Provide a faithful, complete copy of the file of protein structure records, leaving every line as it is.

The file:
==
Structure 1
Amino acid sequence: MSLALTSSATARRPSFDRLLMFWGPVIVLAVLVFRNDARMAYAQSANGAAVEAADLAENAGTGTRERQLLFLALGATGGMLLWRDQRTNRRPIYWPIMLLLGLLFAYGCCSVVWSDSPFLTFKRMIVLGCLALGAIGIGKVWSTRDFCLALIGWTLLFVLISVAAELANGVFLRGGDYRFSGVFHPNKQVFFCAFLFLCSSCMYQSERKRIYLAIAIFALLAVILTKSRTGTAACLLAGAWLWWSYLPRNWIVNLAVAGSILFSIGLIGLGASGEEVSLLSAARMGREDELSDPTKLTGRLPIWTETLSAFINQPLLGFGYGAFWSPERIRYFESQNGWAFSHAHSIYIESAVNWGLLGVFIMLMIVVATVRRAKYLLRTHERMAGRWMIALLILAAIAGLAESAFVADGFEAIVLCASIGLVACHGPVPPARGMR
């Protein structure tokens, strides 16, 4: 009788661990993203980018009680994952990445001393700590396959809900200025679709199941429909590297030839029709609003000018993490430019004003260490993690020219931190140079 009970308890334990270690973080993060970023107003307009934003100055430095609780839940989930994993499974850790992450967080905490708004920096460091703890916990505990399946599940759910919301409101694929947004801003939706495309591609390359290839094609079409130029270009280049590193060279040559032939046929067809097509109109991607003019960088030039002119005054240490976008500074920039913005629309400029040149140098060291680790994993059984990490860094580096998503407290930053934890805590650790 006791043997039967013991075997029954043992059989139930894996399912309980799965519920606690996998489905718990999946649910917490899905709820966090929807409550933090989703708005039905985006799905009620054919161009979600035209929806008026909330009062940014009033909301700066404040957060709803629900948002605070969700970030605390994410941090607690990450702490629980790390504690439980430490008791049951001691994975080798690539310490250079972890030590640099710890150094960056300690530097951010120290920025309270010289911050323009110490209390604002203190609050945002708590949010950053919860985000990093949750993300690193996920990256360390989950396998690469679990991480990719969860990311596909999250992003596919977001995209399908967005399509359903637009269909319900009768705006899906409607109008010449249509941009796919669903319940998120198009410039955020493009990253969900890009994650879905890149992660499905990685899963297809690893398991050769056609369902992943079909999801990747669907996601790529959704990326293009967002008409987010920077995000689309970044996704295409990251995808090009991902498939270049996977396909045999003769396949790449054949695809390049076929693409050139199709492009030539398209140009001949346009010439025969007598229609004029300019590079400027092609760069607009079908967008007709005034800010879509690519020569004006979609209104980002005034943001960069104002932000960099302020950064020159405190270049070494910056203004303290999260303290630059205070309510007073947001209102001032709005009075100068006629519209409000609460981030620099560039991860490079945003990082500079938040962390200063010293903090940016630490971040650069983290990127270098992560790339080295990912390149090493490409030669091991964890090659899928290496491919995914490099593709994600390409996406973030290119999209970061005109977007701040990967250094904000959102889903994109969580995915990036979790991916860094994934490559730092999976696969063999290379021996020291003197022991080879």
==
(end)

Structure 1
Amino acid sequence: MSLALTSSATARRPSFDRLLMFWGPVIVLAVLVFRNDARMAYAQSANGAAVEAADLAENAGTGTRERQLLFLALGATGGMLLWRDQRTNRRPIYWPIMLLLGLLFAYGCCSVVWSDSPFLTFKRMIVLGCLALGAIGIGKVWSTRDFCLALIGWTLLFVLISVAAELANGVFLRGGDYRFSGVFHPNKQVFFCAFLFLCSSCMYQSERKRIYLAIAIFALLAVILTKSRTGTAACLLAGAWLWWSYLPRNWIVNLAVAGSILFSIGLIGLGASGEEVSLLSAARMGREDELSDPTKLTGRLPIWTETLSAFINQPLLGFGYGAFWSPERIRYFESQNGWAFSHAHSIYIESAVNWGLLGVFIMLMIVVATVRRAKYLLRTHERMAGRWMIALLILAAIAGLAESAFVADGFEAIVLCASIGLVACHGPVPPARGMR
């Protein structure tokens, strides 16, 4: 009788661990993203980018009680994952990445001393700590396959809900200025679709199941429909590297030839029709609003000018993490430019004003260490993690020219931190140079 009970308890334990270690973080993060970023107003307009934003100055430095609780839940989930994993499974850790992450967080905490708004920096460091703890916990505990399946599940759910919301409101694929947004801003939706495309591609390359290839094609079409130029270009280049590193060279040559032939046929067809097509109109991607003019960088030039002119005054240490976008500074920039913005629309400029040149140098060291680790994993059984990490860094580096998503407290930053934890805590650790 006791043997039967013991075997029954043992059989139930894996399912309980799965519920606690996998489905718990999946649910917490899905709820966090929807409550933090989703708005039905985006799905009620054919161009979600035209929806008026909330009062940014009033909301700066404040957060709803629900948002605070969700970030605390994410941090607690990450702490629980790390504690439980430490008791049951001691994975080798690539310490250079972890030590640099710890150094960056300690530097951010120290920025309270010289911050323009110490209390604002203190609050945002708590949010950053919860985000990093949750993300690193996920990256360390989950396998690469679990991480990719969860990311596909999250992003596919977001995209399908967005399509359903637009269909319900009768705006899906409607109008010449249509941009796919669903319940998120198009410039955020493009990253969900890009994650879905890149992660499905990685899963297809690893398991050769056609369902992943079909999801990747669907996601790529959704990326293009967002008409987010920077995000689309970044996704295409990251995808090009991902498939270049996977396909045999003769396949790449054949695809390049076929693409050139199709492009030539398209140009001949346009010439025969007598229609004029300019590079400027092609760069607009079908967008007709005034800010879509690519020569004006979609209104980002005034943001960069104002932000960099302020950064020159405190270049070494910056203004303290999260303290630059205070309510007073947001209102001032709005009075100068006629519209409000609460981030620099560039991860490079945003990082500079938040962390200063010293903090940016630490971040650069983290990127270098992560790339080295990912390149090493490409030669091991964890090659899928290496491919995914490099593709994600390409996406973030290119999209970061005109977007701040990967250094904000959102889903994109969580995915990036979790991916860094994934490559730092999976696969063999290379021996020291003197022991080879």